9. 9. We can normally assume that verbal statements of a teacher are consistent with his non-verbal gestures and, in fact, his total behavior. This assumption was sustained in terms of experience in Minnesota studies. (Flanders,1966).
  10. 10. The teacher exerts a great deal of influence on the pupils. Pupil’s behavior is affected to great extent by this type of teacher behavior exhibited. (Anderson and others,1946).
  11. 11. The relation between students and teacher is a crucial factor in the teaching process and must be considered an important aspect of methodology.(Haggerty,1932)
  12. 12. It has been established that social climate is related to productivity and to the quality of interpersonal relations. It has been proved that democratic atmosphere tends to keep work of a relatively high level even in the absence of the teacher. (Lewin and other, 1939)
  13. 13. Children tend to be conscious of a warm acceptance the teacher and to express greatest fondness for the democratic teacher. (H.V. Perkins, 1950)
  14. 14. The role of classroom climate is crucial for the learning process. (Perkins 1956)
  15. 15. The teacher-classroom verbal behavior can be observed objectively by the use of observational technique designed to ‘catch’ the natural modes of behavior, which will also permit the process of measurement with a minimum disturbance of normal activities of the group of individuals. (Wrightstone J. Wayne, 1958)
  16. 16. Modification of teacher classroom behavior through feedback is possible (Flanders 1963), though how much can change occur and more knowledge relating to the permanence of these changes will require further research.(Flanders, 1963,1966)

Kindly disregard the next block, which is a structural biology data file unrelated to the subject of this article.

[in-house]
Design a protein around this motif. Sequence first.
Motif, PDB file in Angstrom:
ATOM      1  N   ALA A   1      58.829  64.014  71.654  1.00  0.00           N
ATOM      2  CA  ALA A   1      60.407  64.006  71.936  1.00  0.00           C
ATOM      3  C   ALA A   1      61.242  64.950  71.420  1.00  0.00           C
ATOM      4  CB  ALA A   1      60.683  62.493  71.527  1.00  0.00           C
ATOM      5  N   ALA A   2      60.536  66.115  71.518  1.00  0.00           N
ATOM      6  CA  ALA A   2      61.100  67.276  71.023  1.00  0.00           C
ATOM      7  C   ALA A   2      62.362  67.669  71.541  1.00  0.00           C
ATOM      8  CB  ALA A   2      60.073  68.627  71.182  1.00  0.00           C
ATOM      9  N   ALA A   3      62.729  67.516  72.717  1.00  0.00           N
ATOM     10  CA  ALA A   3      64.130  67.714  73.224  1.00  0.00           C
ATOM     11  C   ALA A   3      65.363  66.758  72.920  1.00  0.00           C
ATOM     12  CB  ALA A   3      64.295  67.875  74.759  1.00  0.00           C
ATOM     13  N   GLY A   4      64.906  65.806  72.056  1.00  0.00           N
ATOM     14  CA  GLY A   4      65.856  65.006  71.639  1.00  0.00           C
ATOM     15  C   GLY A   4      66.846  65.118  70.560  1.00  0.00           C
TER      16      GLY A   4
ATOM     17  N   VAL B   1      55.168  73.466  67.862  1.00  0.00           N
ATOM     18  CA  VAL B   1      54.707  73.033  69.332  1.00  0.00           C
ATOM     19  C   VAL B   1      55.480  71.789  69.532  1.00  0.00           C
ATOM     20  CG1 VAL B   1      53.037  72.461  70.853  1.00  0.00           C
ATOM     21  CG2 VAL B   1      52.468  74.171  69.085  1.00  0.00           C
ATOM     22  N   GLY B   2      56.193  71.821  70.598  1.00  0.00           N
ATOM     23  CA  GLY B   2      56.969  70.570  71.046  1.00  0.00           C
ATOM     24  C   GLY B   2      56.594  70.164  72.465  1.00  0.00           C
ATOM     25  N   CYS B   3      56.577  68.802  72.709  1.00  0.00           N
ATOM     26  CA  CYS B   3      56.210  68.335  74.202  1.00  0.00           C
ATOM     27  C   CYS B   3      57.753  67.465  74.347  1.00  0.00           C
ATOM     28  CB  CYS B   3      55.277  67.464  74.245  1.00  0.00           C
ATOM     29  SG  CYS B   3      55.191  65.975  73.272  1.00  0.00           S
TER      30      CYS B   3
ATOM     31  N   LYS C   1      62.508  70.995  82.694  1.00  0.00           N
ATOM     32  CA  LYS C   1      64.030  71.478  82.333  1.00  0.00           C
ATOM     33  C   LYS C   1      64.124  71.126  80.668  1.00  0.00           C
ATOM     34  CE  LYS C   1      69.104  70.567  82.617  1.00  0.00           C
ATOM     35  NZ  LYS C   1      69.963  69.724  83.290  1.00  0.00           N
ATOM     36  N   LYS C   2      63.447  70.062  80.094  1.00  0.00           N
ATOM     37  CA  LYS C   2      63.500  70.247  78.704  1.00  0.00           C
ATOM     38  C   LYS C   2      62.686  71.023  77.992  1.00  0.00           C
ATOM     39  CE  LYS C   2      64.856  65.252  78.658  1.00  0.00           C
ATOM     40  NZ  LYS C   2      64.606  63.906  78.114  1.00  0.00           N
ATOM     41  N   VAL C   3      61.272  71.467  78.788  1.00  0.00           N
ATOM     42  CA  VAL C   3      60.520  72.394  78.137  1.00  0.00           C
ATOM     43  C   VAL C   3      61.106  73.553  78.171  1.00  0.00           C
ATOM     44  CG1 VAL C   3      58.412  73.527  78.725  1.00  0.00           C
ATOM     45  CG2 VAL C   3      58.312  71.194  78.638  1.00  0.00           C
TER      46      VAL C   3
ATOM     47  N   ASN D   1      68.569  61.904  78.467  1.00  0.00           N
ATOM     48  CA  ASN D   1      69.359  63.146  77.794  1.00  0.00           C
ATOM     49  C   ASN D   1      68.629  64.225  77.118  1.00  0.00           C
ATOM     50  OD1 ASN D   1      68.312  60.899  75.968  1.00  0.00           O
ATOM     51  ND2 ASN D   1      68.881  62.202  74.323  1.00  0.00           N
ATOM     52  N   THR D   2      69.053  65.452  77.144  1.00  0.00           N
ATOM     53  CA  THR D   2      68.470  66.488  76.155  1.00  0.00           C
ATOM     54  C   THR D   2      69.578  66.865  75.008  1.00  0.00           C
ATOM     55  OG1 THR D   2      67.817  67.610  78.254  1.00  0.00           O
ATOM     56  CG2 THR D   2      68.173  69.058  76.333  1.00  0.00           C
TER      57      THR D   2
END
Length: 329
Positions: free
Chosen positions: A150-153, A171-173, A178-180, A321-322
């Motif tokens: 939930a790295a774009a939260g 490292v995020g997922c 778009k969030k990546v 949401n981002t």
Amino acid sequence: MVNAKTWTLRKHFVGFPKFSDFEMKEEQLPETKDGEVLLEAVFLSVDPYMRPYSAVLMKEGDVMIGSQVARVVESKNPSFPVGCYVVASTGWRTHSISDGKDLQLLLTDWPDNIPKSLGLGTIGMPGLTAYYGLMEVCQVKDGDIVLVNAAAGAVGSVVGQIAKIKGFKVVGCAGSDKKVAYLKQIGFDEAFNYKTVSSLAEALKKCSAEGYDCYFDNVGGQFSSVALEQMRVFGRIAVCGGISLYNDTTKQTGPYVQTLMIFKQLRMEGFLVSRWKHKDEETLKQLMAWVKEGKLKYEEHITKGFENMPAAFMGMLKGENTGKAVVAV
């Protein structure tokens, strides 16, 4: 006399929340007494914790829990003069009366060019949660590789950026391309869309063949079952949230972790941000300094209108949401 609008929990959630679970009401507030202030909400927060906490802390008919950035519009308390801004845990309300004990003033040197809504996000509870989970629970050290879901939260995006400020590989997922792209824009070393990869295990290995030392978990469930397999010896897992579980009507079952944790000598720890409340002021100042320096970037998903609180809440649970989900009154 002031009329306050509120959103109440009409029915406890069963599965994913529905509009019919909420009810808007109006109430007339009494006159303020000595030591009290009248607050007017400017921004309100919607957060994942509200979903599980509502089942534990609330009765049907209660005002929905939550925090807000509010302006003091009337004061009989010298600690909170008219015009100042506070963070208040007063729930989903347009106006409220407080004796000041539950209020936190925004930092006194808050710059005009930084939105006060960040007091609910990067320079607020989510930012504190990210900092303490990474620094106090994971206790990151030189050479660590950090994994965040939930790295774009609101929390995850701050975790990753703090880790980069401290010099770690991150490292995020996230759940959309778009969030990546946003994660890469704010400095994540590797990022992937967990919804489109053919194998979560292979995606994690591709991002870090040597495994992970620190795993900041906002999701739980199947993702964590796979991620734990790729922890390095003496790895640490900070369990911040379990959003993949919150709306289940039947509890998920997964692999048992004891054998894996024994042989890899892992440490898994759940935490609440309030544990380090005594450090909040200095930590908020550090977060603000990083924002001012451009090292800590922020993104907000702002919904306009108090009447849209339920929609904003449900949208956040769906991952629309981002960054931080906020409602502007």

17. 17. Teacher influence is expressed primarily through verbal statements. Non-verbal acts of influence do occur, but are not recorded through interaction analysis. The reasonableness of this assumption rests upon the assertion that the quality of the non-verbal acts is similar to the verbal acts; to assess verbal influence, therefore it is adequately a simple of all influences.</li></ul>These assumptions focus our attention on the verbal participation of teachers and students in teaching-process.<br />Flander’s Ten Category System:<br />The Flander’s system attempts to categories all the verbal behavior to be found in the classroom. It has two main categories: teacher talk and pupil’s talk. A third category covers other verbal behavior, i.e., silence or confusion.<br />Flander’s Interaction Analysis Categories (FIAC)<br />Teacher talk*Indirect influenceCategory numberActivityResponse1.Accepts feeling: Accepts and clarifies an attitude or the feeling tone of a pupil in a non-threatening manner. Feeling may be positive or negative. Predicting and recalling feelings are included.2.Praises or encourages: Praises or encourages pupil action or behavior. Jokes that release tension, but not at the expense of another individual; nodding head, or saying “Um hm?” or “go on” and included.3.Accepts or uses ideas of pupils: Clarifying or building or developing ideas suggested by a pupil. Teacher extensions of pupil ideas are included but as the teacher brings more of his own ideas into play, shift to category five.4.Asks questions: Asking question about content to procedure, based on teacher ideas, with the intent that a pupil will answer.*Direct influenceInitiation5.Lecturing: Giving facts or opinions about content or procedures; expressing his own ideas, giving his own explanation, or citing an authority other than a pupil.6.Giving directions: Directions, commands or orders to which a pupil is expected to comply.7.Criticising or justifying authority: Statements intended to change pupil behavior from non-acceptable to acceptable pattern; bawling someone out; stating why the teacher is doing what he is during; extreme self-reliance.Pupil talk Response8.Pupil-talk response: Talk by pupils in response to teacher. Teacher initiates the contact or solicits pupil statement or structures the situation. Freedom to express own ideas is limited. Initiation9.Pupil-talk Initiation: Talk by pupils, which they initiate. Expressing own ideas; initiating a new topic; freedom to develop opinions and a line of thought, kike asking thoughtful questions; going beyond the existing structure. Silence10.Silence or confusion: Pauses, short periods of confusion in which communication cannot be understood by the observer.<br />Procedure of Flander’s Interaction Analysis:<br />Encoding and decoding are the two process of interaction anaylsis. The encoding process is used for recording classroom events and preparing observation matrix by encoding the numbers of ten category system. The decoding is process of interpreting observation matrix.<br />a)Encoding Process: The first step in the process of encoding is to memorize the code Numbers, in relation to key phrase of words, which are indicated in capital in ten-category system. An observer sits on the last bench of the classroom and observes the teacher when he is teaching. At an interval of every three seconds he writes down that category number which best represents or communication event just completed. For instance, when teacher is lecturing the observer puts 5; when he asks question he puts 4; when student replies he put 8; when teacher praises he puts 2; when teacher asks to sit down he puts 6; when again the teacher starts lecturing he puts5. The procedure of recording events goes on at the rate of 20 to 25 observations in per minute.<br />Ground rules for encoding observation:<br />Because of the complexity of the problems involved in categorization, several ground rules have been established. The rules of observation add in developing consistency in trying to categorize teacher classroom behavior.<br />Rule 1: When it is not certain in which of two or more categories a statement belongs, choose the category that is numerically farthest from the category 5. For e.g., if an observer is not sure whether it is 2 or 3 then choose 2. If in doubt between 5 and 7, he chooses 5.<br />Rule 2: If the primary tone of the teacher’s behavior has been consistently direct or consistently indirect, do not shift into an opposite classification unless a clear indication of shift is given by the teacher. This rule is often called the rule of the biased, unbiased observer.<br />Rule 3: An observer must not concern with his own biases or with the teacher’s intent. If a teacher attempts to be clever, pupils see his statements as criticism of pupils; the observer sues category 7, rather than category 2. This rule has particular value when applied to the problem of helping teachers to gain insight by their own behavior, e.g., ‘I was trying to praise them’ I wanted them to answer that question’.<br />Rule 4: If more than one category occurs during the three seconds interval, then all category used in that interval are recorded. If no change occurs within three seconds, then repeat category number.<br />b) Decoding process: After encoding the classroom events into ten-category system 10x10 matrix table is prepared for decoding the classroom verbal behavior. The generalized sequence of the pupil-teacher interaction can be estimated in this matrix table. It indicates, what form a pair of categories. The first number in the pair indicates the row and the second number shows the column for example (10-6) pair would be shown by a tally in the cell formed by row 10 and column 6. For example the observer has written down the code numbers beginning with 6 as follows: 6,10,5,1,4,8,8,2,3,6,4,8,9,7.<br />Tabulating a matrix:<br />To tabulate these observations in a 10 into 10 matrix, the first step is to make sure that the entire series begins and ends with the same number. The convention is to add 10 to the beginning and end of the series, unless 10 is already present. So our earlier series now become 10,6,10,5,1,4,8,8,2,3,6,4,8,9,7,10. The observations are now entered in a 10x10 matrix so that the sum of column one equals the sum of row one, the sum of column 2 equals the sum of row 2, etc. The numbers are tallied in the matrix one pair at a time. The first pair in this case is 10-6; the tally is placed in row 10, column 6 cell. The second pair is 6-10, tally this in row 6, column 10 and so on. ‘N’ always will be tabulated by N-1 tallies in the matrix. In this case, we started a series of sixteen numbers and the series produce 15 tallies in the matrix .<br /><ul><li>12345678910Total111211311411251161127118111391110112Total111212131215</li></ul>Interpreting the matrix:<br />No classroom interaction can be ever recreated. It is part of a moment in history. The purpose of interaction analysis is to preserve selected aspects of interaction through observation, encoding, tabulating and then decoding. <br /><ul><li>The proportion of teacher talk, pupil talk, and silence or confusion: